The Last Dinosaur
Directed by: Alexander Grasshoff, Tsugunobu Kotani
Written by: William Overgard
Starring: Richard Boone, Joan Van Ark and Steven Keats
The Last Dinosaur might be worth watching solely to see a clearly hammered Richard Boone scream at one his shipmates, calling him a, “ding dong.” And yes, Last Dinosaur was meant to be taken seriously.
This is a co-production from longtime cartoon producers Rankin & Bass and Tsubaraya Productions, scheduled for a theatrical release stateside before being pulled for TV instead. The same two companies, or at least the same people, also delivered King Kong Escapes, a live action take on the Rankin & Bass “King Kong” TV series. That one is a blast, given a goofy, comedic tone, skilled miniatures, and one great looking T-Rex named Gorosaurus.
The last dinosaur is no Gorosaurus.
There are plenty of unconvincing dinosaur suits out there, from the flop-headed clunkers of Unknown Island to the the meat-eating beastie in Universal’s The Land Unknown (which incidentally used the head of The Munsters’ pet Spot). This “last dinosaur,” (which is clearly not the last one as poorly blue screened pterodactyls roam the skies) seems to have been constructed for an actor three times the size of the one in it. It’s as if the poor guy has no control, and it bends in ways that would make this T-Rex the world’s greatest contortionist.
To its limited credit, the set-up isn’t awful; the extraordinarily wealthy Masten Thrust (Boone) is putting together an expedition to a lost world to track down a T-Rex. As a game hunter, surely he’s in it for the science… or not… at all. Warner issues this one in its original Japanese theatrical form, around 10-minutes excised from US TV versions, and it was probably better for it. Last Dinosaur is filled with long stretches of nothingness, and hilariously clunky brawls with a tribe of cavemen after the modern day crew is stranded in this world between glaciers.
Whatever character is established tends to go out the window as a fairly young Joan Van Ark begins to have feelings for Boone’s character, a man 26 years her elder. Thankfully, the dinosaur pops up just in time to salvage the audience from where that is headed, setting up a final confrontation between Boone, the T-Rex, and a catapult. They at least earn points for that set-up, and maybe some of the atmosphere, but the rest seems like it was edited by a ding dong.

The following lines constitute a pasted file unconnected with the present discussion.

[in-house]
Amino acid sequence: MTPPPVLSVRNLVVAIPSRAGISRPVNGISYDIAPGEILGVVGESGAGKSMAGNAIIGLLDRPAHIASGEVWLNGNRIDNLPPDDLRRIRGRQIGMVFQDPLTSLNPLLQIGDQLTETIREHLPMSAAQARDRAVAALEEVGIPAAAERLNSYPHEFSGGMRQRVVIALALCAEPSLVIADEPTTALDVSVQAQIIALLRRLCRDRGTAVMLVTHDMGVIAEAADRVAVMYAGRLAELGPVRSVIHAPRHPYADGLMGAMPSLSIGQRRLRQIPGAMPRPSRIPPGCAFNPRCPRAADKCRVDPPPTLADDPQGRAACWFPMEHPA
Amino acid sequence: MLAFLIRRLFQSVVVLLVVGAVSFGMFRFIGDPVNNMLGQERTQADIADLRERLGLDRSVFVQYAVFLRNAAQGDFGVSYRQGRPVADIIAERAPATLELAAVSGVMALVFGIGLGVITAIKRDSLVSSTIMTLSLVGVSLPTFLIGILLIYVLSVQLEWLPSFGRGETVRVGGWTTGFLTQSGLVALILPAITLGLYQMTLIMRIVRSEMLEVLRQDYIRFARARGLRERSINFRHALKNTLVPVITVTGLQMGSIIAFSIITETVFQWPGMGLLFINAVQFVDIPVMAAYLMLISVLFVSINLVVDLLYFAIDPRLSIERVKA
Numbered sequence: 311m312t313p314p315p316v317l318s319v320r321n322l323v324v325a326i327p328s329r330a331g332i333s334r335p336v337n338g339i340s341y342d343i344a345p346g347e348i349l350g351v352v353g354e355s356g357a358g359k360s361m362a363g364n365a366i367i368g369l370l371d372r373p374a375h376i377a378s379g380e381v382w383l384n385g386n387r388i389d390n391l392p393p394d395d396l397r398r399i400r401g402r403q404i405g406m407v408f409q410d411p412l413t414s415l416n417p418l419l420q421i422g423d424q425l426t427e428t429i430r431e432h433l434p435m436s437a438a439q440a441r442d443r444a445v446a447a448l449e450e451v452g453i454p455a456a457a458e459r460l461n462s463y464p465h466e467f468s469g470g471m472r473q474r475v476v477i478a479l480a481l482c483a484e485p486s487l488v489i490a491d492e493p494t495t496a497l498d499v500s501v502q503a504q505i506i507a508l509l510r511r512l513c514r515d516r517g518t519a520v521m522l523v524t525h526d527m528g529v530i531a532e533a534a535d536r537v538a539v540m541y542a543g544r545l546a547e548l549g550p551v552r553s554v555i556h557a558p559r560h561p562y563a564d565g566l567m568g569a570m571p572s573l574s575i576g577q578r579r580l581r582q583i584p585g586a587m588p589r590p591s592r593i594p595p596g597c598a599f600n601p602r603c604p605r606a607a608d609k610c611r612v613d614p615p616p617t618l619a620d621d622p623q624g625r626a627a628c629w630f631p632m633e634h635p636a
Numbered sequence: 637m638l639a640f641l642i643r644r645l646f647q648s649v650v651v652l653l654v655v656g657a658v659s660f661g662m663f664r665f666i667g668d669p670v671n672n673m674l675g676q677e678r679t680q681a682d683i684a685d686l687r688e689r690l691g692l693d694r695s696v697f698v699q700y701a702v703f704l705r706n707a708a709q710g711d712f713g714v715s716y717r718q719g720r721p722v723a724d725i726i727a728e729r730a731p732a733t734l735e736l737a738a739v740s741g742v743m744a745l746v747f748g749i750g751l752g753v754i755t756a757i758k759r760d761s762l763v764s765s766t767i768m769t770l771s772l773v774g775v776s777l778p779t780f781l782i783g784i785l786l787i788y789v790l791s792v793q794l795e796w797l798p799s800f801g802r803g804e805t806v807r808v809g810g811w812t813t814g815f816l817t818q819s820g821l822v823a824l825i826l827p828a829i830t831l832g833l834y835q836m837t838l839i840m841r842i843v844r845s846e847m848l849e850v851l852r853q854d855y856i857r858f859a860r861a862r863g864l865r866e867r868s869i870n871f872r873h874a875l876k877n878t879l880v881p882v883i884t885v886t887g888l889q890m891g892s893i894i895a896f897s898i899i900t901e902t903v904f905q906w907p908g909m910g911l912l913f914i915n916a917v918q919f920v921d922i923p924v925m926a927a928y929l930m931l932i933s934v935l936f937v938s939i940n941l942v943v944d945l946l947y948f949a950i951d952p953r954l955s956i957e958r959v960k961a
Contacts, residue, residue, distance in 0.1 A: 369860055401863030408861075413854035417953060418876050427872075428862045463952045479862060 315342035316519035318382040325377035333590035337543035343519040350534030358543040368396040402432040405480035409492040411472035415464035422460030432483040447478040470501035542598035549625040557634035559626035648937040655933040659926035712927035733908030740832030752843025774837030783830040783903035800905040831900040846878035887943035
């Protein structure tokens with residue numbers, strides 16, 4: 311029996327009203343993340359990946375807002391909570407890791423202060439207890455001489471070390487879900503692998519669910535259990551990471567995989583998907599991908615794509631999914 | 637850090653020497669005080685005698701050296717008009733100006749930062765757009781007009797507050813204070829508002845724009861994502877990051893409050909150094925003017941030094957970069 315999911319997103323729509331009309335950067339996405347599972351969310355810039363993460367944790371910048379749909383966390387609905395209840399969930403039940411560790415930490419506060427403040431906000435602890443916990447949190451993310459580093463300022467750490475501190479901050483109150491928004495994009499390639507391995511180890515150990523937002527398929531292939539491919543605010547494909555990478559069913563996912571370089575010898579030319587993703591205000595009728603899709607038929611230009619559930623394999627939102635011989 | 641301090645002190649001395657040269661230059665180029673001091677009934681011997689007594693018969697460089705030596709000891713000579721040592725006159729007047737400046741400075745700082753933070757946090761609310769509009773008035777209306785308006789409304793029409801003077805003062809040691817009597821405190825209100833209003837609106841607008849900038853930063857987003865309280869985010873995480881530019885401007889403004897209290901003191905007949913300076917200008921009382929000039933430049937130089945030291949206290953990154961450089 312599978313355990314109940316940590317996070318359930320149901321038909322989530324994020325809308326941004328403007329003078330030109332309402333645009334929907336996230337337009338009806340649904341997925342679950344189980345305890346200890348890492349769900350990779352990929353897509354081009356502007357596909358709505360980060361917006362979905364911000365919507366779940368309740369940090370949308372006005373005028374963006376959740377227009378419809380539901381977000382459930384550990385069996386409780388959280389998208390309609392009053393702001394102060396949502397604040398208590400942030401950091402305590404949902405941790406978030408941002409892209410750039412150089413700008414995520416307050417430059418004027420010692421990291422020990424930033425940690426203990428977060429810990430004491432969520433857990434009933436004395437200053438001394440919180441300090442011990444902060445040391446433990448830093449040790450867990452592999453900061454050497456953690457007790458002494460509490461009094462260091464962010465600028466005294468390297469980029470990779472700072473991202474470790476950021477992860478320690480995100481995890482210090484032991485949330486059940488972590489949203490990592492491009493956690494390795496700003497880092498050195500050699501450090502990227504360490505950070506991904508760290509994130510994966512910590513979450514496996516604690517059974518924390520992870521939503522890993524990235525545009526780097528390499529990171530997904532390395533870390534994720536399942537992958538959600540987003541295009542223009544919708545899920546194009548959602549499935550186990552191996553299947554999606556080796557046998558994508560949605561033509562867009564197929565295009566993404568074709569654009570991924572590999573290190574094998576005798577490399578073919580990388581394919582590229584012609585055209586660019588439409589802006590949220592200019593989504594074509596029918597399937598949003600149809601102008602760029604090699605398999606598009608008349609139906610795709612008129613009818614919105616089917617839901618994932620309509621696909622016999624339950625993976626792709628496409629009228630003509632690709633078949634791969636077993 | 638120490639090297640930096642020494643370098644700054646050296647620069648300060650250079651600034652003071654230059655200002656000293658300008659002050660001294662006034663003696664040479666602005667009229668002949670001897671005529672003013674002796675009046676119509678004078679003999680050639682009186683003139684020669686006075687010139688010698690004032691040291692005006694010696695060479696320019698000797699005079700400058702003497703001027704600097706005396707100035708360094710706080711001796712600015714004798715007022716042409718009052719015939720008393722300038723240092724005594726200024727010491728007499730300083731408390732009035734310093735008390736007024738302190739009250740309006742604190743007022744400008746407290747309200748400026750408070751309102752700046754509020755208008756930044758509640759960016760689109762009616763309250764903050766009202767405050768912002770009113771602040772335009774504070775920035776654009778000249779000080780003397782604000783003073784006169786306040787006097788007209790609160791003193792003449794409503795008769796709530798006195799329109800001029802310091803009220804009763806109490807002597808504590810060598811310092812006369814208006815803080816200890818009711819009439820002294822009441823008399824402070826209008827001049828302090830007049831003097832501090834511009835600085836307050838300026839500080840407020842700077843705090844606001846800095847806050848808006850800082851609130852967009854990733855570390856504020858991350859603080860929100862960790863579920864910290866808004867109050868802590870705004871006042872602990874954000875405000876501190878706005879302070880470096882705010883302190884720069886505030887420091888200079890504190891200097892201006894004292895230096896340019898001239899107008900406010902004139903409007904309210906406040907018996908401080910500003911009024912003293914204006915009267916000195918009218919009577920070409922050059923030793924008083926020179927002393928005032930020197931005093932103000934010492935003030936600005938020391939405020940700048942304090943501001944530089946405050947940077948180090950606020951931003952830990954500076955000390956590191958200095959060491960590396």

Warner’s generally delivering fine source materials for their archive releases, this one pulled from what looks to be a capable, adequate print. Damage is acceptable, judder is kept to a minimum, and everything looks stable. Colors situate themselves naturally and stay there, while the black levels can wander a bit off course. The day for night footage certainly doesn’t help though.
Where this one veers south is the compression. A hair over 4 GB of the disc is used up, meaning there’s plenty of room left for this one to breathe. That’s simply not the case, and compression becomes a burden. The movie is loaded with foliage, tall grass, and other jungle sets which completely break down. Skin appears like plastic, and close-ups fail to preserve whatever fine detail is present on the film stock. Grain is turned to mush, and when fog or dust come into play, forget about it. There’s even a subtle smearing with light movement, readily apparent during the press conference before the expedition sets out.
Audio suffers from similar issues, although it’s hard to pinpoint whether it’s the source elements at play or the compression of this 2.0 mono effort. For what it’s worth, the material seems well preserved, Warner putting little to no effort into restoring these low-end catalog affairs. Static is absent, fidelity sticks within a constant mid-range, and the score rarely breaks down into mush.
The balance is completely off though, the music, no matter how light, swallowing the dialogue and rendering many lines unintelligible. There’s a small party with some Japanese hosts, a light harp belting out single notes that is enough to overwhelm the actor’s lines. Once onto the lost world, the wonderfully dated and overdone main theme only makes it worse.
There are no subtitles as Warner leaves these discs are bare bones as possible, so you can’t even turn those on during the trouble spots. Most importantly though, the “ding dong” is unmistakable, so you’re safe.